human scale once he started taking pieces of art
and employing them up. It’s really cool.
Those are my parents hanging out at the statue. This a place in New Jersey
called Grounds for Sculpture. So, yeah. There’s a concept from
psychology, again, just being this, super
normal stimulus, that if you have something
that you evolved to attend to and that you never go into
an evolutionary history, if it’s something that was
a greater example of that, you can actually over
respond to it and your biology doesn’t shut
you down from doing that. Arguably, we’ve been doing things like this for a long time. So, what happens with AI? This is how I got into AI ethics. So, I have a couple
degrees in psychology but I also a couple
degrees in AI. When I started my PhD, I was on this project, this robot, at the time
that I was on it and at the time this picture
was taken, did not work. This is basically a sculpture
made out of motors, okay? But it turns out there was all these processors
that were supposed to be at sprain and it turned out they
weren’t properly grounded. So, anyway, the
whole time I was on the project, it didn’t work. Yet people would walk by and say, “It would be unethical
to unplug that.” They were proud to know that they had this
certain knowledge that, I couldn’t unplug
this thing, all right? They generalize from feminism and the civil rights movement. They found out that
the most unlikeliest things turn out to be people, right? That they could just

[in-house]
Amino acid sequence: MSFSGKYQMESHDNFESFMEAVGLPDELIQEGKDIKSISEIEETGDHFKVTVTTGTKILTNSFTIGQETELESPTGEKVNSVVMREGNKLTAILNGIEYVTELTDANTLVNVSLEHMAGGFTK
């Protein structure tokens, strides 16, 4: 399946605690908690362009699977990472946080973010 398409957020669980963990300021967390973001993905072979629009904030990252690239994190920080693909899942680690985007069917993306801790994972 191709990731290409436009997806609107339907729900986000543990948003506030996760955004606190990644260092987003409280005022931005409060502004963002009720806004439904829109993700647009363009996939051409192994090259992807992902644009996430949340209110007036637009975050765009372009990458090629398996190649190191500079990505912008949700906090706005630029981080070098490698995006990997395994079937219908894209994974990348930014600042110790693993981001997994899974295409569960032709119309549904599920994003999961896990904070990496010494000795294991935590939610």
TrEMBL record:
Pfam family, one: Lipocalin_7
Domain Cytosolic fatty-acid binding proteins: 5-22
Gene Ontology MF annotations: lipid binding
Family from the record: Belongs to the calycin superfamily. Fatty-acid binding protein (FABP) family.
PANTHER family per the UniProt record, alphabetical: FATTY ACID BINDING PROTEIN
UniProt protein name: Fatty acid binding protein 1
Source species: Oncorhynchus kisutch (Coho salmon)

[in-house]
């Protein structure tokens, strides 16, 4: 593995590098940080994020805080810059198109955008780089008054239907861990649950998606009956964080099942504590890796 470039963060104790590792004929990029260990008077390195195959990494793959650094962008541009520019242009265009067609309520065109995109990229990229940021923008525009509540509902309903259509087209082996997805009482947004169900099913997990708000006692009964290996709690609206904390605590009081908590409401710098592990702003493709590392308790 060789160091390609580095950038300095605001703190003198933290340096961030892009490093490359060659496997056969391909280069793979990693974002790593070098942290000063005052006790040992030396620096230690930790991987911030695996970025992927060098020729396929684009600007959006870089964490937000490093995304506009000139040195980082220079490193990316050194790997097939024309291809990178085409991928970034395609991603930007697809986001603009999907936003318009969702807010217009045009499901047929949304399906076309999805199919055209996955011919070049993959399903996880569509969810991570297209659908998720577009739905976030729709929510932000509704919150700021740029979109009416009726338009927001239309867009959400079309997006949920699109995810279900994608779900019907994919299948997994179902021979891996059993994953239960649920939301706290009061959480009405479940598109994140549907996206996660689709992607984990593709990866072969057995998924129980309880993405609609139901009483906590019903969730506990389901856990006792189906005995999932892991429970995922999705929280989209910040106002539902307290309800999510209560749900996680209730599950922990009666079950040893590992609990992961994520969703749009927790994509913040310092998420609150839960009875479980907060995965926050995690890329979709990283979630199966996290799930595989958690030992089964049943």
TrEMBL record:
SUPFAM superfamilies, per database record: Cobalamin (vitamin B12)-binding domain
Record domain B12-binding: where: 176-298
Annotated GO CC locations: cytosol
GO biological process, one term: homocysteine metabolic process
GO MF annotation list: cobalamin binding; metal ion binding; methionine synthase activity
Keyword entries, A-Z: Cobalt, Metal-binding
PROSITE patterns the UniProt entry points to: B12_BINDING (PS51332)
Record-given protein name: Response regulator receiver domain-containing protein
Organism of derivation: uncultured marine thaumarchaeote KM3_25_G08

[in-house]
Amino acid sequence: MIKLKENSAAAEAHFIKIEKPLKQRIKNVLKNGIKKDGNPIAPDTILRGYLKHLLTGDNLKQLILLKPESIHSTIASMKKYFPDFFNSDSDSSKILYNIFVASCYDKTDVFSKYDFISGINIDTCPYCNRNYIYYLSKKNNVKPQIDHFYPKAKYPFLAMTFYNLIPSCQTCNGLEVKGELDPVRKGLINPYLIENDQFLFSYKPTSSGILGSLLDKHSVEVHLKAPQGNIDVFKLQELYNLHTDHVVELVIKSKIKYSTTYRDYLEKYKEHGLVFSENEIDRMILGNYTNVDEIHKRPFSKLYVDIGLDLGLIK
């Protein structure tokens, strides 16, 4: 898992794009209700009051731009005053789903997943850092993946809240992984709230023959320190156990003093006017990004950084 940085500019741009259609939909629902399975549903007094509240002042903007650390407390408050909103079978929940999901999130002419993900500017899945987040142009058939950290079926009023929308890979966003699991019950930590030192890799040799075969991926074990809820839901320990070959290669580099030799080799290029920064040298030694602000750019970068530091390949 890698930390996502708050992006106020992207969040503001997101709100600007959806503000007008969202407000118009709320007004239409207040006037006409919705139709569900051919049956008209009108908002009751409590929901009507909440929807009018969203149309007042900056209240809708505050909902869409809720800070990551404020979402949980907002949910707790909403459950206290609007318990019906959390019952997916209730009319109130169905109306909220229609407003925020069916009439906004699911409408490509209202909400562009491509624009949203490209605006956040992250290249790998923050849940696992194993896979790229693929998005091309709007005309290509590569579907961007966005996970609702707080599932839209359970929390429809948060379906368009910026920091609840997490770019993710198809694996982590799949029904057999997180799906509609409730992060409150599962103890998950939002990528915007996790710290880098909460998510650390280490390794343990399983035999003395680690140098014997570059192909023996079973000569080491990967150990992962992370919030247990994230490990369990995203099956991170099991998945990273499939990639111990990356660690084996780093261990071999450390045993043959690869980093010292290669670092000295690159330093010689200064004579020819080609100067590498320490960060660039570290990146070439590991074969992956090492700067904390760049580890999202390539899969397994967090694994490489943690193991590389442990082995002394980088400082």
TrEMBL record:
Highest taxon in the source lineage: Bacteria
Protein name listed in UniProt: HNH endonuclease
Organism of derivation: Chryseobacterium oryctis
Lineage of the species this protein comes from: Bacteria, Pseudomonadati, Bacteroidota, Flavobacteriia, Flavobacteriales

say, “Oh, yeah. Well, obviously, if
a woman could be a person, then this is too, right?” So, anyway. Yeah.
There’s something really strange going on here. They really, really get angry if you say that this
is not a person, and that they say
that we have a right to fall in love
with these things, we have a right to have our
best friends that we can buy; that we can buy and
sell citizens, right? So, I think this is both
sick and dangerous. I say that as somebody who seriously would thought
she was going to dedicate an entire PhD to making this into
a child, all right? So, I realize, I get
it, I’ve been there. But, you can read some
of the papers about this Kathleen Richardson
particular talks about this in
the feminist context. So, this is me back then. If you’re young like
that, now be aware. But that robot on the left, the robot on the right didn’t work at the time, it
did eventually work. The one on the left
already worked, nobody ever said like, “Oh, to be honest, I can unplug
the insect robots.” Even though they actually worked, they were smarter in
some sense, right? So, yeah, and I’ve
got an unplug code. My supervisor at that time, again, I didn’t finish with him. I call a conservative for saying robots might not take over. People were absolutely certain that robots were going